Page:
Thursday, April 29, 2004

A new poll from Iraq 

A fascinating Gallup poll recently conducted in Iraq - with some interesting and schizophrenic results:

- It seems that the Kurds absolutely love us, but not so the Sunnis and the Shias. The results are so wildly different, they have to be seen to be believed (for example George Bush has got 95% favourable rating among the Kurds, but only 9% among the Baghdadis).

- more people think that Iraq is much or somewhat better off after the invasion (44% versus 39% for much or somewhat worse off) but 46% think that the invasion has done more harm than good (versus 33% for more good). Yet, in another example of "you're sick, I'm not" perception phenomenon so well known to Western pollsters, 51% say that they and their families are much or somewhat better off now, as opposed to 40% much or somewhat worse off.

- 89% think that Saddam Hussein would not have been removed from power by Iraqis if the Coalition forces had not taken direct military action (versus 4% who think he would have been), and Saddam enjoys an 80% unfavourable (versus 10% favourable) rating, but 52% think that the invasion cannot (at all or somewhat) be justified on moral grounds. Seems like another example of Arab fatalism.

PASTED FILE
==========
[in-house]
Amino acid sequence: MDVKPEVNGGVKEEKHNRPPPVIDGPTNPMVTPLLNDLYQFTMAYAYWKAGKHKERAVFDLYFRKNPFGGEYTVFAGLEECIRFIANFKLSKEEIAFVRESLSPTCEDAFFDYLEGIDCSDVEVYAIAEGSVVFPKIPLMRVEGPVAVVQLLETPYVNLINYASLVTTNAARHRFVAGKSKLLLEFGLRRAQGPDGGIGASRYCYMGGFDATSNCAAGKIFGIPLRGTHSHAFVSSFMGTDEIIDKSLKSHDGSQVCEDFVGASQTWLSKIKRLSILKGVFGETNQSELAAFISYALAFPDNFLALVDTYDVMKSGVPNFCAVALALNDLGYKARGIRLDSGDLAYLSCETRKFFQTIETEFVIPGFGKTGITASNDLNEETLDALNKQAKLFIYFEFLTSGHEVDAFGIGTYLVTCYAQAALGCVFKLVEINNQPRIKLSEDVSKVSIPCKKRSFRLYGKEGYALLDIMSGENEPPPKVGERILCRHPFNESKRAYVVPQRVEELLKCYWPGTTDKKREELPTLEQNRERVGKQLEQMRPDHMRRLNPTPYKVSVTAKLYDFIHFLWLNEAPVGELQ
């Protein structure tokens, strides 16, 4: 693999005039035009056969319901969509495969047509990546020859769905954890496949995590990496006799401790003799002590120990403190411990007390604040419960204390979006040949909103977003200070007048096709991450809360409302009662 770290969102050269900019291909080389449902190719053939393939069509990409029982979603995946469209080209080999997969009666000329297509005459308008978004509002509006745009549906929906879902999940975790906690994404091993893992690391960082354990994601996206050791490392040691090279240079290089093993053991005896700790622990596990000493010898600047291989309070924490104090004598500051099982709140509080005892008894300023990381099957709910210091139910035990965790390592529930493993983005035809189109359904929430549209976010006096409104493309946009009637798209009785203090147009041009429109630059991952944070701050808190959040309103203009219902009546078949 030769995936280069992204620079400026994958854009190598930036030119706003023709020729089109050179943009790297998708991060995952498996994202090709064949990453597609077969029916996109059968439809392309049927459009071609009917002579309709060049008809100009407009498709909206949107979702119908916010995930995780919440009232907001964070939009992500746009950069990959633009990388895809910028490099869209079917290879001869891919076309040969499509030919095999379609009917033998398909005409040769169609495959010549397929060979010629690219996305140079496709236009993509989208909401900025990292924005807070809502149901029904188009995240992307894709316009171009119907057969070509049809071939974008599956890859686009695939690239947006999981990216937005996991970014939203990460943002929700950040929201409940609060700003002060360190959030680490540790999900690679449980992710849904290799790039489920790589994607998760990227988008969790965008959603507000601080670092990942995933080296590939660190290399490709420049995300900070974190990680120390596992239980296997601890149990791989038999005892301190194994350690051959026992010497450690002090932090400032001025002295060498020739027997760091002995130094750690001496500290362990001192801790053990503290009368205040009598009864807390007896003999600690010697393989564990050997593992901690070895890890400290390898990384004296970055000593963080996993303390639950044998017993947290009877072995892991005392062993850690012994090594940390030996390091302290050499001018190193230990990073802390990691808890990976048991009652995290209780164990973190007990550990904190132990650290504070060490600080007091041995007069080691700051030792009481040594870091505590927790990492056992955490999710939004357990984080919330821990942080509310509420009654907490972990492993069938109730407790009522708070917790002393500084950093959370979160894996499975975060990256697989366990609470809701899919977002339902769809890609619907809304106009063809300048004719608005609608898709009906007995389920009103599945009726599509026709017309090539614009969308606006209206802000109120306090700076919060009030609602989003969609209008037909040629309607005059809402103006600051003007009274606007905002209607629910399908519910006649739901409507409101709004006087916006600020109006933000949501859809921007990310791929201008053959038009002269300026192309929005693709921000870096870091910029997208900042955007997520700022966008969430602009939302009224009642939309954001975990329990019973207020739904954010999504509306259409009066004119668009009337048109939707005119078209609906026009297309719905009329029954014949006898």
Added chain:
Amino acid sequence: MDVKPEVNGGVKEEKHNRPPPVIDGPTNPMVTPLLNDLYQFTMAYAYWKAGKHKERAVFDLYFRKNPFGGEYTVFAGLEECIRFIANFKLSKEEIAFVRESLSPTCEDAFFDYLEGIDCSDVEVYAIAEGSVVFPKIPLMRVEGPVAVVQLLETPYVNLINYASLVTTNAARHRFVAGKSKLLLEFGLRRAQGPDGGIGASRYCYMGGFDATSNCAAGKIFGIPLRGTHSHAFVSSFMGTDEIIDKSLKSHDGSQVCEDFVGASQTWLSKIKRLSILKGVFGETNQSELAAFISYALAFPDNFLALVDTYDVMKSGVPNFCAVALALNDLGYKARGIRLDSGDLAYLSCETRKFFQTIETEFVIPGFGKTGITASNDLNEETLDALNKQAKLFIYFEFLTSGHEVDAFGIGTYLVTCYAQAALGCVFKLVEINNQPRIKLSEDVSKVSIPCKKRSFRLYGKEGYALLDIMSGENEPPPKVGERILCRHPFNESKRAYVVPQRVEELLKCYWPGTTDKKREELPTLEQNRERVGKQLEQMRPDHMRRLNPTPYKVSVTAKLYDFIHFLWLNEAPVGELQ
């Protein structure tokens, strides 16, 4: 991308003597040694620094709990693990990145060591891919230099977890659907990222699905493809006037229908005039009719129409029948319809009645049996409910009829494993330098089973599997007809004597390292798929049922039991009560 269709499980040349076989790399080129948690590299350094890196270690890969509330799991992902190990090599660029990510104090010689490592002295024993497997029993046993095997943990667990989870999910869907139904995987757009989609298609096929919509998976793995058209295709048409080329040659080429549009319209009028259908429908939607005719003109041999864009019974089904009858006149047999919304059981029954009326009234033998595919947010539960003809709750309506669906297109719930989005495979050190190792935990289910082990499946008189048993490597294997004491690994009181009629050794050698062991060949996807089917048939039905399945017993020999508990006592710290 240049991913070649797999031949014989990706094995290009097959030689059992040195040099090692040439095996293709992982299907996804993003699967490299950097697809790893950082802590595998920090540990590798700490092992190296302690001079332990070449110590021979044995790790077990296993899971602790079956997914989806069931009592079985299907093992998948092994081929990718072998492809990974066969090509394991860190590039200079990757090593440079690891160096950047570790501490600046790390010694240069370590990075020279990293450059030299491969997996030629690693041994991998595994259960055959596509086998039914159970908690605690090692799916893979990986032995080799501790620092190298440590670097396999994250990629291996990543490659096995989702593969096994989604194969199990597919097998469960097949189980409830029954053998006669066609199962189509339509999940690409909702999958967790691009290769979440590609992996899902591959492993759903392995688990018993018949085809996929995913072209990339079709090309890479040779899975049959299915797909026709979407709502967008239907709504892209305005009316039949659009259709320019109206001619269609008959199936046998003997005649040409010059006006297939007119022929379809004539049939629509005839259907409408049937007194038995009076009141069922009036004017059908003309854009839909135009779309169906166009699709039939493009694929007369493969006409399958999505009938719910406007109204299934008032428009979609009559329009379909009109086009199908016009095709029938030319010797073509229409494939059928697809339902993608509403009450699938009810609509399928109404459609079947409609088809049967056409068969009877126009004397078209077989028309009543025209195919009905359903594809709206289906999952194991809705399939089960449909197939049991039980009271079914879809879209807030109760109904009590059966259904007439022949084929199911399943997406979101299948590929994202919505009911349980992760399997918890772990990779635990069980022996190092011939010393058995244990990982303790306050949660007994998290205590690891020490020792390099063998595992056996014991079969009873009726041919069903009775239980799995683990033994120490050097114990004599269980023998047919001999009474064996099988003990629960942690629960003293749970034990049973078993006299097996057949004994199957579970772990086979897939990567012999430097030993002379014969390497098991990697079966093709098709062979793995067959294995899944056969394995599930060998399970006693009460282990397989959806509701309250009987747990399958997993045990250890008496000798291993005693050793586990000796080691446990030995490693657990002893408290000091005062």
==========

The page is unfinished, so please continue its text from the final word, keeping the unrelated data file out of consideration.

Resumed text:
- The activities of the Coalition administration and military forces are largely not viewed favourably. The civilian authorities are generally seen as not trying hard enough to fix problems, while the military is seen as heavy-handed and disrespectful in their approach. But these opinions seem to be based on things heard from others (54%) as opposed to seen (39% - but how? with own eyes, or on Al Jazeera and Al Arabiyah, which reach a third of Iraqi households?) or personally experienced (7%). Furthermore, only 6% say that they or someone in their household has had any personal contact with US military forces.

- 57% (versus 36%) think that the Coalition should leave immediately, but 53% (versus 28%) would feel less safe if that actually happened. See what I mean about schizophrenic attitudes?

- Still, in the end, bearing in mind all the hardships suffered post-liberation, 61% (versus 28%) think it has been worth it.

There's lot more fascinating stuff in the poll, so have a look at it in detail.

What's to say about all this? The Iraqis enjoy being free but seem to be ashamed and resentful that somebody else had to do it all for them. Despite hardships they see themselves as better off (materially and otherwise) but there doesn't seem to be much sense of self-responsibility for rebuilding their own country - it's one thing to whine about the state of things, but another to actually do something about it (yet another pervasive legacy of life under a dictatorship). The poll didn't unfortunately ask the Iraqis about their vision for Iraq's future, and more importantly, how they see themselves contributing to that future. It will be interesting to see the responses when the Iraqis actually start having more responsibility for their own affairs, and less scope for blaming everyone else for all and any problems they face.

Final thoughts? It's been worth it, even if for the Kurds alone. How about the Muslim leaders talk less about the need for the Palestinian state, and more about the homeland for the Kurds?


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